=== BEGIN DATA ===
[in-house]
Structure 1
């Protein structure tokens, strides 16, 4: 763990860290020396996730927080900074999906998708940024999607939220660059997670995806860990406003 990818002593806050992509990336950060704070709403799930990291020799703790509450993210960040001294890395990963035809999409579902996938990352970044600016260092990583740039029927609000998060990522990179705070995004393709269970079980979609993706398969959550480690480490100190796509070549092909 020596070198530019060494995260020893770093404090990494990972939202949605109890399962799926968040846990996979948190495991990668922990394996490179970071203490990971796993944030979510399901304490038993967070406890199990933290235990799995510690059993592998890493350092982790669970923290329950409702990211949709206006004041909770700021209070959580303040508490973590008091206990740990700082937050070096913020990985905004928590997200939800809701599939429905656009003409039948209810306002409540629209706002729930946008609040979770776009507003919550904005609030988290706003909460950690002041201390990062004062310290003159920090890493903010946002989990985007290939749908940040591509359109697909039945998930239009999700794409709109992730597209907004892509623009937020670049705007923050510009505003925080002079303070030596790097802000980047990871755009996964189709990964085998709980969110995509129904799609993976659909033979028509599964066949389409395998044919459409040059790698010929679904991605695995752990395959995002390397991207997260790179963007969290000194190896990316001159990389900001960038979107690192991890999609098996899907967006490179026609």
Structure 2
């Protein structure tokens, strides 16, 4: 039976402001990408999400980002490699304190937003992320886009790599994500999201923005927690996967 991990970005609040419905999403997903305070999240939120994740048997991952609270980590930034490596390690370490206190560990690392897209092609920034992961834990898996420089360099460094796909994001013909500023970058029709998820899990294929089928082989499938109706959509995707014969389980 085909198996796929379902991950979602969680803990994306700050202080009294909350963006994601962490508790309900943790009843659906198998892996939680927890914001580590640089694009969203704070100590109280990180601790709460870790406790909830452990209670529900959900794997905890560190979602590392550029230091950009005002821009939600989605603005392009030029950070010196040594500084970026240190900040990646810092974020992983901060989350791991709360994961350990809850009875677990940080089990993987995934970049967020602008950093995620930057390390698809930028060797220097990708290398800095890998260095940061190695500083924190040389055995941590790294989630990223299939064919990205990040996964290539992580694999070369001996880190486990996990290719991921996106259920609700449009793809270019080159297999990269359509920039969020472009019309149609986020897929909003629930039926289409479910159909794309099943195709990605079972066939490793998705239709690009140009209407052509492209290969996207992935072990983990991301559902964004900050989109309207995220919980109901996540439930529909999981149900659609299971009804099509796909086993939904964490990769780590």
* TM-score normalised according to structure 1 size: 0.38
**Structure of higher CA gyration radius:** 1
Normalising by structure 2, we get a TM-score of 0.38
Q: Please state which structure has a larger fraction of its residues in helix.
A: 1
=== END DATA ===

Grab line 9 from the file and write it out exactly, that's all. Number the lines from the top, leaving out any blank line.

Q: Please state which structure has a larger fraction of its residues in helix.